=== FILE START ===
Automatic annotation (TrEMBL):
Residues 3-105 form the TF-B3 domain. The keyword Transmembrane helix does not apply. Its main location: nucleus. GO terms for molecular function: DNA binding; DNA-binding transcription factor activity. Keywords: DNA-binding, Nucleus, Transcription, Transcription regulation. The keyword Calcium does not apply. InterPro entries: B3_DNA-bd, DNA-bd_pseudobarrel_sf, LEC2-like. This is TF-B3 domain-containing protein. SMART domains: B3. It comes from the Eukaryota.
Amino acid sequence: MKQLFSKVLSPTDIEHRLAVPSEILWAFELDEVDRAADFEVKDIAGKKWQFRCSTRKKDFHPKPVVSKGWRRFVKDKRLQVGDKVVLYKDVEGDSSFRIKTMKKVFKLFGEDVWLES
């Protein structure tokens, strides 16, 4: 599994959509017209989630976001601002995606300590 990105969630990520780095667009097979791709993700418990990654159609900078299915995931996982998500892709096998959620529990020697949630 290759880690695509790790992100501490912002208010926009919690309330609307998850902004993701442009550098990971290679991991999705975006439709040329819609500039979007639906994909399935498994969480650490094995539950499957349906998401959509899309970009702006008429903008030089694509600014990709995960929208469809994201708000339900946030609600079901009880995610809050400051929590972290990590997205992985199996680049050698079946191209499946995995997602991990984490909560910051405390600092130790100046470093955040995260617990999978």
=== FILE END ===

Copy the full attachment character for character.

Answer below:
Automatic annotation (TrEMBL):
Residues 3-105 form the TF-B3 domain. The keyword Transmembrane helix does not apply. Its main location: nucleus. GO terms for molecular function: DNA binding; DNA-binding transcription factor activity. Keywords: DNA-binding, Nucleus, Transcription, Transcription regulation. The keyword Calcium does not apply. InterPro entries: B3_DNA-bd, DNA-bd_pseudobarrel_sf, LEC2-like. This is TF-B3 domain-containing protein. SMART domains: B3. It comes from the Eukaryota.
Amino acid sequence: MKQLFSKVLSPTDIEHRLAVPSEILWAFELDEVDRAADFEVKDIAGKKWQFRCSTRKKDFHPKPVVSKGWRRFVKDKRLQVGDKVVLYKDVEGDSSFRIKTMKKVFKLFGEDVWLES
């Protein structure tokens, strides 16, 4: 599994959509017209989630976001601002995606300590 990105969630990520780095667009097979791709993700418990990654159609900078299915995931996982998500892709096998959620529990020697949630 290759880690695509790790992100501490912002208010926009919690309330609307998850902004993701442009550098990971290679991991999705975006439709040329819609500039979007639906994909399935498994969480650490094995539950499957349906998401959509899309970009702006008429903008030089694509600014990709995960929208469809994201708000339900946030609600079901009880995610809050400051929590972290990590997205992985199996680049050698079946191209499946995995997602991990984490909560910051405390600092130790100046470093955040995260617990999978």